Let's start with the theory, what and why do we need support?


3D printing has such a thing as layer-by-layer model building. That is, the model is built in layers following one after another. And if we have a fairly simple form in which all layers are located strictly above each other, then we can refrain from using supports. But if you print only rectangles and cylinders, then supports will come in handy. A vivid example can be seen in the picture. If we have a plane at an angle above 60 deg then its certain to have support from this height.


Without support, the printer will try to print this plane over Wi-fi, that is, right in the air. And I want to note that while printers print in the air this is not the strongest side and everything that the printer prints in the air ends up on the bottom of your model or just on the table. In the best case, the printer will try to continue printing, and with each layer, it will build up a ladder, with which it will be able to print at the desired distance. Or it may be that all your printing will be completely broken and it will have to be stopped.



Support types.

Let's conditionally divide the types of supports into several categories. To begin with, they can be divided into 2 large groups: soluble and insoluble. Soluble supports are printed with a material different from the base material and can be dissolved in any liquid. The most popular soluble support materials are PVA and HIPS.


  1. The first material PVA (Polyvinyl Alcohol) is water-soluble, to increase the dissolution rate of supports, water can be heated, and the model can also be immersed in an ultrasonic cleaner. PVA works amazingly with PLA plastic. HIPS can also be a support material for ABS plastic. HIPS dissolves in Limonene. This chemical dissolves HIPS perfectly but does not affect ABS plastic in any way.

  2. The second large group has insoluble supports and is most often printed with the same material as the main model. Also, if you own a dual-extruder printer, you can use a higher quality plastic for printing the main model, a cheaper one, or the remnants of any old plastic for printing supports.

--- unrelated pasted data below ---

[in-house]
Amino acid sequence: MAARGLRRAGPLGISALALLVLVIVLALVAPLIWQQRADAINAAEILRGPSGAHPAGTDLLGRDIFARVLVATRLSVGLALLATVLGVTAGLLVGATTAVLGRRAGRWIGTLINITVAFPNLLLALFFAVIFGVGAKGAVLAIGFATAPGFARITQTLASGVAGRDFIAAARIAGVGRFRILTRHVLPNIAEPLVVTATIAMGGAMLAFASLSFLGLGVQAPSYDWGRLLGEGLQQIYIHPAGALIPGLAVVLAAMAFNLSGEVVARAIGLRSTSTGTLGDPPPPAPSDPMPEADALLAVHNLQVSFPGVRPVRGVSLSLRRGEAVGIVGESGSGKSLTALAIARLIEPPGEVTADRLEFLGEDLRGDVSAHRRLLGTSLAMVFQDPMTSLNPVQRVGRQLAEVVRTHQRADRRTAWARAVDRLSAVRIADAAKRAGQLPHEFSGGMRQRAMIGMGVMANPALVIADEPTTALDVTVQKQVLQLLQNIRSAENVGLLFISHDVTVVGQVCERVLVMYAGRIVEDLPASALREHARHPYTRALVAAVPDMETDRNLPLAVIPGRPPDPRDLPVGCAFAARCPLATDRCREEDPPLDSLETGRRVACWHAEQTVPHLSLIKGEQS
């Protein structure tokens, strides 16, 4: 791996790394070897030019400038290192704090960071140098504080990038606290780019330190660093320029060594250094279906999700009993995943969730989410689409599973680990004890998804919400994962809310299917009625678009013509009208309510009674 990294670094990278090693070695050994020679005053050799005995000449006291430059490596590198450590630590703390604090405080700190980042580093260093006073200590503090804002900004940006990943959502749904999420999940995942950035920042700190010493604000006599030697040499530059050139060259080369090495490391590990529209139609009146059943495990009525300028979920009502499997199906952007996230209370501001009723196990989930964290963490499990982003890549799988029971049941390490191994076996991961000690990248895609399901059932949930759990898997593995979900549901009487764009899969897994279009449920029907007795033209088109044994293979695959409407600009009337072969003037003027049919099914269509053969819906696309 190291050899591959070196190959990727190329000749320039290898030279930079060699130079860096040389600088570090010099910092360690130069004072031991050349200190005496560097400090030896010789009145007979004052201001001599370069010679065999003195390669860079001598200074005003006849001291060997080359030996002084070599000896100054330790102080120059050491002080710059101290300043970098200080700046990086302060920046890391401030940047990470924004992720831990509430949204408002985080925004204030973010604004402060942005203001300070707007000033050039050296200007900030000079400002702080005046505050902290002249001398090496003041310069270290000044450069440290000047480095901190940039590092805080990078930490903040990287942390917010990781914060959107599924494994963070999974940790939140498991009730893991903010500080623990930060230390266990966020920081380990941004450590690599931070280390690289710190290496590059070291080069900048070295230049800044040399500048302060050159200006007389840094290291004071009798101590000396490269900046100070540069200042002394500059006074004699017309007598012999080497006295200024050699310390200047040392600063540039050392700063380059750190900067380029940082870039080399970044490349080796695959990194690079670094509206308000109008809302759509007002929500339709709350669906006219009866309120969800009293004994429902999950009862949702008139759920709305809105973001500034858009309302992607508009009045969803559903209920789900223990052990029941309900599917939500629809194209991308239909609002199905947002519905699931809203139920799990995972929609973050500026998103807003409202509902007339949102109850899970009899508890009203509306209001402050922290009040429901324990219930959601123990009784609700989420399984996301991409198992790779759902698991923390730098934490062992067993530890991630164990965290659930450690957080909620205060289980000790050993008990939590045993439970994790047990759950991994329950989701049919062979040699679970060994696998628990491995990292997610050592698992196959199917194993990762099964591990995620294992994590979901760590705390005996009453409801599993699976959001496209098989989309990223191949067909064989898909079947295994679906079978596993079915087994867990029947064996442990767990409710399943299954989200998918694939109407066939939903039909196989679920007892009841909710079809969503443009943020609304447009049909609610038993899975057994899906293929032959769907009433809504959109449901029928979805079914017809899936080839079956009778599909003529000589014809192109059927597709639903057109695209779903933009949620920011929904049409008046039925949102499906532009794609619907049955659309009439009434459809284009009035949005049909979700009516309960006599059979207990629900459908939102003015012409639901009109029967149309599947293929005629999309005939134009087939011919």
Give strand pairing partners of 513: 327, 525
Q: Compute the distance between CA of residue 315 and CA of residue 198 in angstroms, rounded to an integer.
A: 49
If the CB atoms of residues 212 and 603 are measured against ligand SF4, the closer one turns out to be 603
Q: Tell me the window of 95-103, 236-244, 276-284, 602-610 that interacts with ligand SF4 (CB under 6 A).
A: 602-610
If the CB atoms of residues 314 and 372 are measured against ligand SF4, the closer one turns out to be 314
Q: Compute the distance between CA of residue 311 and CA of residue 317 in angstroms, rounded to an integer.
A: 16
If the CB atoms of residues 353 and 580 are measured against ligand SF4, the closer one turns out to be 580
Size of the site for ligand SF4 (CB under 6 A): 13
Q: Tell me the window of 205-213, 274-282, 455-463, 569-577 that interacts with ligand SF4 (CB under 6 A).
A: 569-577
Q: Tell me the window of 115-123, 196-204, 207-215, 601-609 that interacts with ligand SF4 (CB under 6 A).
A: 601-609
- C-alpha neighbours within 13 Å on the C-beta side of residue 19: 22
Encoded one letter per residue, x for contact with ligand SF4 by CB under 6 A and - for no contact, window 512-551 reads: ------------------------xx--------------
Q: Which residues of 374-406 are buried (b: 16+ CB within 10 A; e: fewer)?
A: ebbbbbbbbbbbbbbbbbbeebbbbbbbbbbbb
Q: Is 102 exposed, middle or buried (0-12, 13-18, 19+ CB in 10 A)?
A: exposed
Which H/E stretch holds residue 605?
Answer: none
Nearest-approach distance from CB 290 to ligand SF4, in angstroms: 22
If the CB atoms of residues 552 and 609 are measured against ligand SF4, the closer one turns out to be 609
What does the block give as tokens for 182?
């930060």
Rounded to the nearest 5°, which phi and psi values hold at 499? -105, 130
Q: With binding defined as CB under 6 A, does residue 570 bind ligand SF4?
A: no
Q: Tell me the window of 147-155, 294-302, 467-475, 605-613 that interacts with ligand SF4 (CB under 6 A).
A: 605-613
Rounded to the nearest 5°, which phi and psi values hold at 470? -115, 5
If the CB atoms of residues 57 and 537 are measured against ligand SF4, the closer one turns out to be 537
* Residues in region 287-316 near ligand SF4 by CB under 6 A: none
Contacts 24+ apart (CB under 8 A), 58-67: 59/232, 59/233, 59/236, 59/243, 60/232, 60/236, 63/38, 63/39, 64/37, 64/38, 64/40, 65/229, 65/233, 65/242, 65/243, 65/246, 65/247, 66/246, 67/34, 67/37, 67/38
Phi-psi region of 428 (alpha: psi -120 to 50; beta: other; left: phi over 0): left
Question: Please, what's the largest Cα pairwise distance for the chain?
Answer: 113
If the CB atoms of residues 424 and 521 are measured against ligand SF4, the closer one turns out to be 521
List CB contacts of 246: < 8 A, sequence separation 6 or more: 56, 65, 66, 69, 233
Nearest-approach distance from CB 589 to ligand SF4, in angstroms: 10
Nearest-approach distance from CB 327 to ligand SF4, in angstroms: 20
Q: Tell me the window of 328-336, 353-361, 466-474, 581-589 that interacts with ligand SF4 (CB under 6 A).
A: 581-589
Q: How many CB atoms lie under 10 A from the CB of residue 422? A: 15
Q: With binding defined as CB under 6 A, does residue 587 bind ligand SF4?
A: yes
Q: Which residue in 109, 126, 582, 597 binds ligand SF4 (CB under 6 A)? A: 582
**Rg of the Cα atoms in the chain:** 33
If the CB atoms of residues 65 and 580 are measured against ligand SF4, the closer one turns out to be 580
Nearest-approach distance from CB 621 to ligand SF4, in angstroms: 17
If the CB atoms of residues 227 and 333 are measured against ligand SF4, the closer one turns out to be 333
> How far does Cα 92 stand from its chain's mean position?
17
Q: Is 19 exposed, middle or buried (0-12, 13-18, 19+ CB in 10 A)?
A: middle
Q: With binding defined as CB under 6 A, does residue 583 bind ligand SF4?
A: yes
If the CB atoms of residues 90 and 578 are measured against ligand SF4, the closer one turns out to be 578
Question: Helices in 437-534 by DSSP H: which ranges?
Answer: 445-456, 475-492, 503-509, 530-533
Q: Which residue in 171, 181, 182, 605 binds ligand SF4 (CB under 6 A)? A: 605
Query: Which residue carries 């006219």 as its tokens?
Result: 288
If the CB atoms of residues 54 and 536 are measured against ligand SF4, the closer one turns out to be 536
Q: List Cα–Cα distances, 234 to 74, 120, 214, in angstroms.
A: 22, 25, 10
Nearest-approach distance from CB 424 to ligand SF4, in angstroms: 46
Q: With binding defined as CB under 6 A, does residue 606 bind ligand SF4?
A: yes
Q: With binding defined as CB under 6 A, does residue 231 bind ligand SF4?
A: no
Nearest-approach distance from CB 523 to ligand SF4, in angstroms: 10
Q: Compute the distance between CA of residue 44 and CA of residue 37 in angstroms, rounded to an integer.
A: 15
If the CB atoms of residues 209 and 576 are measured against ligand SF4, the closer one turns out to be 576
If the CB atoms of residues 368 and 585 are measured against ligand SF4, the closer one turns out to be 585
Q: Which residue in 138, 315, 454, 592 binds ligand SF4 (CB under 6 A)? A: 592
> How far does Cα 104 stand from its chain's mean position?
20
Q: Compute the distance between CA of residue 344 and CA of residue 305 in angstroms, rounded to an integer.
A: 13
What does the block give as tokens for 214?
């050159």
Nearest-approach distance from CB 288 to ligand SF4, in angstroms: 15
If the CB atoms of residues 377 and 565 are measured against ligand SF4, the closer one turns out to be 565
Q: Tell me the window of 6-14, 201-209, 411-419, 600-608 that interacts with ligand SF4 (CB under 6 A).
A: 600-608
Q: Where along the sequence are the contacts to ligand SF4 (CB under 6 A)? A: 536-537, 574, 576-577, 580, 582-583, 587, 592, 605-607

Well, it's safe to say that printing with water-soluble supports will make life easier for you when removing supports, as well as improve the quality of overhanging surfaces. However, you will need a dual-extruder printer, which is more expensive, and you will also need to calibrate and set up the dual-extruder print first, which sometimes also takes a lot of time.


Printing supports and the main model with one material is easier, any printer can handle it, but to achieve maximum print quality, you will have to tinker with the support settings in the slicer. Also, removing supports from a complex part can be not the most pleasant thing, and even damage the model. Some models cannot be printed without soluble supports, but this is rather an exception to the rules and marketing ploy of some companies that produce dual extruder printers.

Modern 3D printing uses different types of support materials. Basically, they differ from each other in composition. Method of removal from an already printed product. Let's take a closer look below.

Destructible

Such support materials are used primarily in printing technologies such as FDM and SLS. Destructible structures are further divided into two subcategories according to such a feature as the strength of the composition:


Durability is like the model.

This is a budget-friendly and easy-to-implement option since the same material is used from which the three-dimensional model is made. After the printing is completed, it is only necessary to remove the support mechanically, then carefully sand the support attachment points.